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getting Email addresses from Text Expand / Collapse
Posted Tuesday, January 15, 2013 9:41 AM



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Last Login: Wednesday, January 8, 2014 8:28 AM
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Hi Guys,
I have written a very hasty piece of code and have not been given much time to review this part but, because it is so hasty, I know in my water that this is not best practice, though it works and is picking up 85% of the email addresses (even with rubbish as well). It should be able to be written so that it picks up 9x% of clean data and I know that some of you have done similar work before.

I am trying to pull out a single email address from data, Test data can be as shown below. As you can see, its pretty dirty. It doesn’t pick just the email address. It ignores any with more than one email address (while ideally the first would be best option) and I end up with just 1,7,8 and 9 with more than just email address.

Ideally it should be all with possibly the exception of 4 which I don’t really know how to deal with and possibly 5.

A quick table
Create Table DBO.Email_Checker
KeyField Int,
Email_Address Varchar(75)

Some Test Data
Insert Into DBO.Email_Checker
Values (1,'Freddy strange has an email address of');
Insert Into DBO.Email_Checker
Values (2,' /');
Insert Into DBO.Email_Checker
Values (3,'Email: & User1@Google');
Insert Into DBO.Email_Checker
Values (4,'');
Insert Into DBO.Email_Checker
Values (5,'Email USER2@giraffe,gaff');
Insert Into DBO.Email_Checker
Values (6,' –');
Insert Into DBO.Email_Checker
Values (7,'Johns sharp');
Insert Into DBO.Email_Checker
Values (8,'');
Insert Into DBO.Email_Checker
Values (9,'Mobile: 09120923123 Email');

The Ugly Code -
select KeyField, Ltrim(Rtrim(Lower(Email_Address))) AS Email
from DBO.Email_Checker
Where Lower(Email_Address) LIKE '%_@__%.__%'
AND LEN(Email_Address) - LEN(REPLACE(Email_Address,'@','')) =1

Drop Table
--Drop Table DBO.Email_Checker

Any ideas?
Post #1407340
Posted Tuesday, January 15, 2013 12:57 PM

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its not much better but here is another way that retrives any email address if its the last test in your string and has a space.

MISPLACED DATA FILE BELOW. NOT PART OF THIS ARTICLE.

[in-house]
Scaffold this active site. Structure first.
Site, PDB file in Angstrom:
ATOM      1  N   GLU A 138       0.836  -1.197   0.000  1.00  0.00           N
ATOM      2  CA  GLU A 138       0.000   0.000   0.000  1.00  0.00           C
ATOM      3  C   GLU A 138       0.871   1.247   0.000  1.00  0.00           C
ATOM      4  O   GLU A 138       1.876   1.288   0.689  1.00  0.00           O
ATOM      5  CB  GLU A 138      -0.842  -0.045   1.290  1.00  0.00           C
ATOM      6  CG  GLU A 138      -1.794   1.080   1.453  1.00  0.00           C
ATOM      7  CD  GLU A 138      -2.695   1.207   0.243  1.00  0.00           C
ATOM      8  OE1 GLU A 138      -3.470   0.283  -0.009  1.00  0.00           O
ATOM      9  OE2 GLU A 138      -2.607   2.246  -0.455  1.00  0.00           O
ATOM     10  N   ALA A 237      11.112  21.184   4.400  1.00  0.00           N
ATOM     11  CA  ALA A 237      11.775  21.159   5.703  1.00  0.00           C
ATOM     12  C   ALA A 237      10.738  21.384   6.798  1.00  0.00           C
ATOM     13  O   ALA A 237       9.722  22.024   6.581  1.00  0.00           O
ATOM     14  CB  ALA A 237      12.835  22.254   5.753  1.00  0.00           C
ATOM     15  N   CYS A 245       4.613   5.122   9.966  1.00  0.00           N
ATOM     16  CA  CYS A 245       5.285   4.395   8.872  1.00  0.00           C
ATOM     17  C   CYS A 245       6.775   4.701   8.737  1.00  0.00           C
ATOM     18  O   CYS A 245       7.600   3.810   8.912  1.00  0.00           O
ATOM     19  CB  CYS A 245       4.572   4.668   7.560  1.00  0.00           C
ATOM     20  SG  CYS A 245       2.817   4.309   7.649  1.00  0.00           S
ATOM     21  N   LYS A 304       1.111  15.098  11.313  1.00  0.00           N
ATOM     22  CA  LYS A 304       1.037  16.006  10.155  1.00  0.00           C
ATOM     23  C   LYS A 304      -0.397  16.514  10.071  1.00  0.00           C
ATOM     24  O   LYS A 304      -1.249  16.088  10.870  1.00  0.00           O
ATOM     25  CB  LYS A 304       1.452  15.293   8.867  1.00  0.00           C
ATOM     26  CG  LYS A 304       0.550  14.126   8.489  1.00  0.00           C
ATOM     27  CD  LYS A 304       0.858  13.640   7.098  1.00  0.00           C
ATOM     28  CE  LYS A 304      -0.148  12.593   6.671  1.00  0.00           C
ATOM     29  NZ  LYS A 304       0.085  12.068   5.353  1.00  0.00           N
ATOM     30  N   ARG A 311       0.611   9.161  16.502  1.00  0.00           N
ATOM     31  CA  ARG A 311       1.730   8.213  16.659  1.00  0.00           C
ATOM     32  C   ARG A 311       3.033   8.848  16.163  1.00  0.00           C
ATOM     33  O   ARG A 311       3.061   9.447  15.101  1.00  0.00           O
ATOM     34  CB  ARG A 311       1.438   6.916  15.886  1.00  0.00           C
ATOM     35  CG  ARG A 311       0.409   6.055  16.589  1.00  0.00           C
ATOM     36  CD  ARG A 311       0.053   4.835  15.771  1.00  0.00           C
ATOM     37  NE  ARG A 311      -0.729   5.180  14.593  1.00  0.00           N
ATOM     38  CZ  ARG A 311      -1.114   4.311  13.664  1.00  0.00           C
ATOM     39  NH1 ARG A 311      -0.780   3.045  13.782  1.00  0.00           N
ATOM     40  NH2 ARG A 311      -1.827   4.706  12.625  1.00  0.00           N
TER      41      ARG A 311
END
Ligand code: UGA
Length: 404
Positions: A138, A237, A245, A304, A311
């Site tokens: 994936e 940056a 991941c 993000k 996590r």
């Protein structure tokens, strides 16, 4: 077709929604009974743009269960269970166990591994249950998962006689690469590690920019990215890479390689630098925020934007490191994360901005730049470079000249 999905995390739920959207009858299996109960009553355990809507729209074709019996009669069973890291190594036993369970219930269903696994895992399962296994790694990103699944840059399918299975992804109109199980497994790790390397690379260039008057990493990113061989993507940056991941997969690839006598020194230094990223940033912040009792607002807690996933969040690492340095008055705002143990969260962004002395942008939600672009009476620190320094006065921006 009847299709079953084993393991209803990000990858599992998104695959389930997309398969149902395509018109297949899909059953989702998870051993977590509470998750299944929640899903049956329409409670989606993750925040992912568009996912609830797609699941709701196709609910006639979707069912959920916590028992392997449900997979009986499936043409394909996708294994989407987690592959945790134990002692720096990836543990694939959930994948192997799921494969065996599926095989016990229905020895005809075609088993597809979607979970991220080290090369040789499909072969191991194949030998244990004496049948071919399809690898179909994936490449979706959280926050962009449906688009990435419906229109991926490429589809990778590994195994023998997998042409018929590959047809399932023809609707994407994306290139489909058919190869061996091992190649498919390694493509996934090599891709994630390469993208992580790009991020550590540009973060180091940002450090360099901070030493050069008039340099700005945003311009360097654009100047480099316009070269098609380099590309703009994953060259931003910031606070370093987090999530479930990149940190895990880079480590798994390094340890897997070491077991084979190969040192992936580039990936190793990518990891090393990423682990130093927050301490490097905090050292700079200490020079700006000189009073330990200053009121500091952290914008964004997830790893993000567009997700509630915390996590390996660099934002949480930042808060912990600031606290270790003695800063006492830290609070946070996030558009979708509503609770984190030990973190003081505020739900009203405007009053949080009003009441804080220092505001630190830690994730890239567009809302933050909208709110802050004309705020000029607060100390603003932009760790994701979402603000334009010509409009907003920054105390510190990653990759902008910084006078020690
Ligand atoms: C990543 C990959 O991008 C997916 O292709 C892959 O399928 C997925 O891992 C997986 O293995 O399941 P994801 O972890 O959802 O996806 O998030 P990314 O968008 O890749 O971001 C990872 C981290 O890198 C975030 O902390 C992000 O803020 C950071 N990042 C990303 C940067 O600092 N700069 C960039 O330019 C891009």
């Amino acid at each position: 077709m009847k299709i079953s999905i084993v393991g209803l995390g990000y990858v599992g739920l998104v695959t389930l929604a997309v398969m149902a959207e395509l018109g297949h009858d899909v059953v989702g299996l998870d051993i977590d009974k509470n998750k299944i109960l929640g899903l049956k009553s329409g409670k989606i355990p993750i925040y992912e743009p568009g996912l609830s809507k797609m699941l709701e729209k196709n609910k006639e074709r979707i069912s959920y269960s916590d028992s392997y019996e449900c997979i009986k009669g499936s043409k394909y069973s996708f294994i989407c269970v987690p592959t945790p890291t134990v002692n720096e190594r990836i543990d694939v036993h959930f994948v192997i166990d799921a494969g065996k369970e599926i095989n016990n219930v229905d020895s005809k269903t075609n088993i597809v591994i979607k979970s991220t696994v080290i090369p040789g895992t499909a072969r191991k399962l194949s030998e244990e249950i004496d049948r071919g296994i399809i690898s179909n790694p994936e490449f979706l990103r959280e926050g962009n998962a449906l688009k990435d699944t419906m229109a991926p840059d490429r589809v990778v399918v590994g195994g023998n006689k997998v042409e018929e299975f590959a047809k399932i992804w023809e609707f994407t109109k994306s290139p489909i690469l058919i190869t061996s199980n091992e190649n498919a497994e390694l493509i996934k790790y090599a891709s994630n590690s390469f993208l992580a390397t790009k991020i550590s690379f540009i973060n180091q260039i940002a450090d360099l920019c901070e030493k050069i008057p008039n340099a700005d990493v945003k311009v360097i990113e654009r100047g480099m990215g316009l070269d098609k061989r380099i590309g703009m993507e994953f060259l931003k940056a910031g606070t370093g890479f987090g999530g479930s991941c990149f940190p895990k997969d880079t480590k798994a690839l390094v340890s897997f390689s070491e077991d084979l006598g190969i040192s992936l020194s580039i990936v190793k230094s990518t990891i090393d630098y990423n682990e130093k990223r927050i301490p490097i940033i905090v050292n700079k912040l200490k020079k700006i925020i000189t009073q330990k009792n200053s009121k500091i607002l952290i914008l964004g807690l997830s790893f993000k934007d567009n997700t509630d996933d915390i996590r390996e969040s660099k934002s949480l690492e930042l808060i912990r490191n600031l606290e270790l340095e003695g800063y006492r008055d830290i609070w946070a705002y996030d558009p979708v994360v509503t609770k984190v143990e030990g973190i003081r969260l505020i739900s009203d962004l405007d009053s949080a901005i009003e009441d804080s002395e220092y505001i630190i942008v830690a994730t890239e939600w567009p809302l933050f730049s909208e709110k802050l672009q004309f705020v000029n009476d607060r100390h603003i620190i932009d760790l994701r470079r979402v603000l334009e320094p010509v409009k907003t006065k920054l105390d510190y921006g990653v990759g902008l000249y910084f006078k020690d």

select reverse(substring(reverse(Email_Address),0,charindex(' ',reverse(Email_Address))))
from DBO.Email_Checker


The first is always the hardest
Post #1407441
Posted Tuesday, January 15, 2013 1:30 PM



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Last Login: Today @ 2:47 PM
Points: 15,266, Visits: 15,254
As you said the data here is horrible to start with. Here is one way to deal with it. Use the DelimitedSplit8K function to first parse each string element apart based on spaces. Then take the list of all string segments and determine which ones are valid emails. The code for the DelimitedSpklit8K can be found by following the link in my signature about splitting strings.

The email part is in fact quite timely. This topic is being discussed right now in another thread.

I would recommend using the one that Lowell posted using System.Net.MailAddress as a way to validate the address. Of course this assumes you are able to use CLR.

Using those two functions I was able to return 11 of the possible 12 emails in your sample code. The one that gets missed ( is just simply never going to be able to be determined with code.

Here is the code that I came up with for this.

--this will split everything into segments first
;with cte as
select * from email_Checker
cross apply dbo.DelimitedSplit8K(Email_address, ' ')
, ParseEmail as
select *, dbo.IsValidEmail(Item) as IsValidEmail from cte

select * from ParseEmail
where IsValidEmail = 1

Make sure you read and understand the code in both of these functions. The splitter function is super fast and easy to use, but understanding it might take a bit of reading and rereading. The CLR function is pretty straight forward.


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Post #1407466
Posted Tuesday, January 15, 2013 10:46 PM

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I just went through a similar exercise in this thread:

It's farily long but I think you'll find some useful examples in it. Towards the end of it is an example that snatches out multiple email addresses from a string.

My mantra: No loops! No CURSORs! No RBAR! Hoo-uh!

My thought question: Have you ever been told that your query runs too fast?

My advice:
INDEXing a poor-performing query is like putting sugar on cat food. Yeah, it probably tastes better but are you sure you want to eat it?
The path of least resistance can be a slippery slope. Take care that fixing your fixes of fixes doesn't snowball and end up costing you more than fixing the root cause would have in the first place.

Need to UNPIVOT? Why not CROSS APPLY VALUES instead?
Since random numbers are too important to be left to chance, let's generate some!
Learn to understand recursive CTEs by example.
Splitting strings based on patterns can be fast!
My temporal SQL musings: Calendar Tables, an Easter SQL, Time Slots and Self-maintaining, Contiguous Effective Dates in Temporal Tables
Post #1407599
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